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Physical Fitness in Young Children

Posted by Cara Allen - Parenting

Obesity rates - we hear about them all the time and yes, Americans of all ages are fat.  (Sorry, but I want to make a point, and obesity always sounds so much nicer than fat.)

For children ages 2-19, 17% of children are considered to be obese (see, being nice again!).  The good news is that there have been recent declines in the rates of obesity in preschool-aged children, so let's keep up the trend. 

Physical activity is key to preventing obesity.  Guidelines for daily amounts of toddler activity:
  • At least 30 minutes of structured (adult-led) physical activity  (Adults - activity is helpful to your obesity prevention, too!)
  • At least 60 minutes of unstructured (free play) physical activity
What are some things adults can do to encourage physical activity in toddlers?
  1. Provide age-appropriate active toys such as balls, push and pull toys, and riding vehicles (ones where the kids have to provide the power)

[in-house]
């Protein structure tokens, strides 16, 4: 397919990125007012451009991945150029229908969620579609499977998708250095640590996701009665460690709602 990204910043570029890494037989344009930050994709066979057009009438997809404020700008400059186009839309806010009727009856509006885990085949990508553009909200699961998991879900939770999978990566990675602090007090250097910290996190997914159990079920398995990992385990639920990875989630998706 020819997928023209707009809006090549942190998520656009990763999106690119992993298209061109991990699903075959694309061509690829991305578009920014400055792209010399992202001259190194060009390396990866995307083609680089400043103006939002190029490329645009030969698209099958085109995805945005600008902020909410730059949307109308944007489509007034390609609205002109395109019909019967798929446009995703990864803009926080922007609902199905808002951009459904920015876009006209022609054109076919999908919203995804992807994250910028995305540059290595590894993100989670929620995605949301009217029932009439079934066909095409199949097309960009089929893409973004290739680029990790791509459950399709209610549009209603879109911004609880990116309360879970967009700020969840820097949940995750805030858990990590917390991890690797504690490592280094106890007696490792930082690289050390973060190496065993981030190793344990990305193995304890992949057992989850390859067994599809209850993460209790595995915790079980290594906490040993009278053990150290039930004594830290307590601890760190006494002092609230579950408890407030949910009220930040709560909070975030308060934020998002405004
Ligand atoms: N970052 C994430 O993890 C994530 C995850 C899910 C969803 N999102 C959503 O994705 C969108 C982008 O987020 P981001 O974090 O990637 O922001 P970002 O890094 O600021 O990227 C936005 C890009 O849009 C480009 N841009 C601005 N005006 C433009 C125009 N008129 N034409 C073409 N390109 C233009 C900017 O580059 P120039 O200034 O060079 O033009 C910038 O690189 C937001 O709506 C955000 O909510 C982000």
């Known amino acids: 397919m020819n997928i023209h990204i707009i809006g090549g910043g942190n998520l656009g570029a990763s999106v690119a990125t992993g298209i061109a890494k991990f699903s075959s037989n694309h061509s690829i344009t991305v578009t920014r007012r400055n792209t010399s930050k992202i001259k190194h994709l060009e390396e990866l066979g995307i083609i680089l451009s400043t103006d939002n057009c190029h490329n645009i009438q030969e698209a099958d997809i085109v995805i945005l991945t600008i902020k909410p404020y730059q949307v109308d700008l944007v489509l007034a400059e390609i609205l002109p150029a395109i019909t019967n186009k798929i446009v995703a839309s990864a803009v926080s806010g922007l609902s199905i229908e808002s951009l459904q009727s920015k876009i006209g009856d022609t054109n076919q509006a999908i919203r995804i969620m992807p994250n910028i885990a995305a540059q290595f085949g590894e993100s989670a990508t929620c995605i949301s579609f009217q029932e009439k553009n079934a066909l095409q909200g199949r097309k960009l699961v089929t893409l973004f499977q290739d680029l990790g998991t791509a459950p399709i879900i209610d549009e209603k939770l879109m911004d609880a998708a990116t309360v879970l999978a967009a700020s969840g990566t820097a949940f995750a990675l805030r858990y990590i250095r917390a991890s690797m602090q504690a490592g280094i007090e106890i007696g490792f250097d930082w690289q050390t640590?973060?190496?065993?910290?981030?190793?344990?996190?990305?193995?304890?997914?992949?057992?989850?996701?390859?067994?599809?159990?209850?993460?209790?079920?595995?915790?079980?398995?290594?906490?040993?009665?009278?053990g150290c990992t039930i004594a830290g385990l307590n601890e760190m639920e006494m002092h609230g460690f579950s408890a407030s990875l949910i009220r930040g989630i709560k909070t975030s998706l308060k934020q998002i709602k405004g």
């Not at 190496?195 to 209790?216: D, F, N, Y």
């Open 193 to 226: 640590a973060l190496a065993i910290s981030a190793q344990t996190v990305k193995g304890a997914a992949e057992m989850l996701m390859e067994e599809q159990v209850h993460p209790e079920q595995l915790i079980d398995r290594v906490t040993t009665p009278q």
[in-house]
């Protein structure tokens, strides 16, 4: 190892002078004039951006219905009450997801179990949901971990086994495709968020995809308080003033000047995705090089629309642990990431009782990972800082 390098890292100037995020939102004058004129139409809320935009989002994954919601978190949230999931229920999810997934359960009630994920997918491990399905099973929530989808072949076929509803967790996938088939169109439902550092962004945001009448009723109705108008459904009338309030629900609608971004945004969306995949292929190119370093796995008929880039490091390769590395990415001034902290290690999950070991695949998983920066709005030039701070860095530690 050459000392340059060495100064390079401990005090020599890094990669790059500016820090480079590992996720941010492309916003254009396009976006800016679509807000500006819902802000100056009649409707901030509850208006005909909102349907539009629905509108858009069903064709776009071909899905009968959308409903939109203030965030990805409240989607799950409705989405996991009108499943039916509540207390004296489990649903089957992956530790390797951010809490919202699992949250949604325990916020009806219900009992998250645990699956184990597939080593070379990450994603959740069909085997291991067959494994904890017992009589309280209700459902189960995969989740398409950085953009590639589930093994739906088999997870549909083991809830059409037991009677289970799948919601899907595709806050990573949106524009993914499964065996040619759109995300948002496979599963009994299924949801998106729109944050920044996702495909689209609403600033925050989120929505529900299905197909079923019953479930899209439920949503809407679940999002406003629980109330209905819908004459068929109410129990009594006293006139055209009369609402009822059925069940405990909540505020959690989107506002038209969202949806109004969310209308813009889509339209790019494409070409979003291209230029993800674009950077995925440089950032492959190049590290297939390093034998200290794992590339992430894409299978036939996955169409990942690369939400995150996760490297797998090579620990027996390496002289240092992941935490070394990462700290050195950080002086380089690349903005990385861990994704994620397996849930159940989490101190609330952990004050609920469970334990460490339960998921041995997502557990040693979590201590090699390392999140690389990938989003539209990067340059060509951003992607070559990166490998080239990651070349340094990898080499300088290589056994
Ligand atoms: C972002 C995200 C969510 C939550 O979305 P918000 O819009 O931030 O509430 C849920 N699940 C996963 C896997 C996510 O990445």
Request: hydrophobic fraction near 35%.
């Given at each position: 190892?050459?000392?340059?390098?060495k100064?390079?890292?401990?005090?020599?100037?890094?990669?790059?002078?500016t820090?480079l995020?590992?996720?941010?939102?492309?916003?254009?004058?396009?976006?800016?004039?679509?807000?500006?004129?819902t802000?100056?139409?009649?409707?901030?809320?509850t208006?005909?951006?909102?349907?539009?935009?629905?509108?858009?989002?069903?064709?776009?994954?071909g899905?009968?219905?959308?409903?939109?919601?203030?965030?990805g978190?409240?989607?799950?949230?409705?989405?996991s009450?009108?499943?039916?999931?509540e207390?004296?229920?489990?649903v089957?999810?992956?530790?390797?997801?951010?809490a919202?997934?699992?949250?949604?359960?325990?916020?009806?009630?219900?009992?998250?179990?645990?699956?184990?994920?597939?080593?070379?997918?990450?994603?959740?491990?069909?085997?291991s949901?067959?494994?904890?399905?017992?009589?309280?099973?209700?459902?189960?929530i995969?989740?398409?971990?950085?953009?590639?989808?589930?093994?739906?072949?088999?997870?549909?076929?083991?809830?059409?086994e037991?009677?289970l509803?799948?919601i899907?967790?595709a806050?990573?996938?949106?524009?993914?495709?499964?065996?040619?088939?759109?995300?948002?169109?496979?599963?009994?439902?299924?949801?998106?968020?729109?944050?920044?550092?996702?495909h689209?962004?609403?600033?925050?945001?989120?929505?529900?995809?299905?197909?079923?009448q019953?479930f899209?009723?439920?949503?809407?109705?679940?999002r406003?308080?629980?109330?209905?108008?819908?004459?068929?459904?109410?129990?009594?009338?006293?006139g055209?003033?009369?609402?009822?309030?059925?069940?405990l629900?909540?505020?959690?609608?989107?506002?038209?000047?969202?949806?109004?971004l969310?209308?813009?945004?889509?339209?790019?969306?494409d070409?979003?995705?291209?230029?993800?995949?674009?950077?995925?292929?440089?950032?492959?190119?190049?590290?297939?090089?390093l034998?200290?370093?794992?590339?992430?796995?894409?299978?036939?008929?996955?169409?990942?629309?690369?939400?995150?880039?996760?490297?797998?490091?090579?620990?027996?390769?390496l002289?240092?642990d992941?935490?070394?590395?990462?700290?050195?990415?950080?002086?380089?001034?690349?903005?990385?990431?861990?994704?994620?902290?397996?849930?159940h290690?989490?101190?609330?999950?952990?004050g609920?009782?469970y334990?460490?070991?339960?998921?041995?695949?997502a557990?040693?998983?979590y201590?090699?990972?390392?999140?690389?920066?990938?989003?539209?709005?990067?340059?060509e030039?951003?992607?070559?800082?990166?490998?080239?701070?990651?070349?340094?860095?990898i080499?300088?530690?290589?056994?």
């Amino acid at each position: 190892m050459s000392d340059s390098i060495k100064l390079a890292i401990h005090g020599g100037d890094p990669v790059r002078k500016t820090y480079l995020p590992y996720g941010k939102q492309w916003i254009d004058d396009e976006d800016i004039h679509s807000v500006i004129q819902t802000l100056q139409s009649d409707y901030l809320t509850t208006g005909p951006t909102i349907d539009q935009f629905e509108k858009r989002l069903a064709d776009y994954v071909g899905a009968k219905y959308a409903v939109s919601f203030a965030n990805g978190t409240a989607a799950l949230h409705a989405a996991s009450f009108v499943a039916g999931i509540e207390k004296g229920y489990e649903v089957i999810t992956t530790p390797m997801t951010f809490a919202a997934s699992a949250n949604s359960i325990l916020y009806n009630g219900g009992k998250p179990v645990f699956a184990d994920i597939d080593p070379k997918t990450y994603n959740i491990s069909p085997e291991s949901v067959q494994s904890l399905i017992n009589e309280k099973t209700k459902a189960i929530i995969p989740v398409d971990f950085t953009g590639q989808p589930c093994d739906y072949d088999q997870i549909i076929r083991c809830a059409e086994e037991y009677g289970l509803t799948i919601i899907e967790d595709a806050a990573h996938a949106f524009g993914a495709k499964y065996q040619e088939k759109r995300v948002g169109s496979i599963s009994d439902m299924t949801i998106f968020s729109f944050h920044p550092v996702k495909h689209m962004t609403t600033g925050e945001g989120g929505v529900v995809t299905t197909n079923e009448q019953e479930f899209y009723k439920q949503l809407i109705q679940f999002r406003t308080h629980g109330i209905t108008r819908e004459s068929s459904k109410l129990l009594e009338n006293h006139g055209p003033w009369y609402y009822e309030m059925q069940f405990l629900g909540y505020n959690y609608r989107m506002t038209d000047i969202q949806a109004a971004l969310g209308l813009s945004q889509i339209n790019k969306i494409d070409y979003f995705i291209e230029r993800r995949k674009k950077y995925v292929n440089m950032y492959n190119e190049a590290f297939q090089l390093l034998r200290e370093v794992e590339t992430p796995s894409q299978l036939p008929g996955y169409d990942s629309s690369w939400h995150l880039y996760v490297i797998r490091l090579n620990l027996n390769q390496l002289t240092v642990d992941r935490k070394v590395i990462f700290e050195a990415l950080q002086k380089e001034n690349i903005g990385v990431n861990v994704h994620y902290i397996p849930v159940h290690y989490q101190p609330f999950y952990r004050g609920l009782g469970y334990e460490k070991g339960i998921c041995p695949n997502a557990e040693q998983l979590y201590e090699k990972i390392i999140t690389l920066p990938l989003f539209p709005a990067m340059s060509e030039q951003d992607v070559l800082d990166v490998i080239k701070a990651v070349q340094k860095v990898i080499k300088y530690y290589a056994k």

2. Talk walks together
  3. Explore your backyard
  4. Use playground equipment at a local park
  5. Imitate animal movements - walk like a penguin, hop like a frog
  6. Listen to music and dance together
  7. Limit the time your child spends watching TV/DVDs
  8. Limit the time your child spends playing on a computer tablet or smartphone
Kids who like to engage in active play when they are little are likely to stay active in the future, and maybe these recent declines in young child obesity can translate to declines in obesity in older children as your active toddlers grow up!

Thank you to the Illinois Early Learning Project ( as the origin to the following sources:

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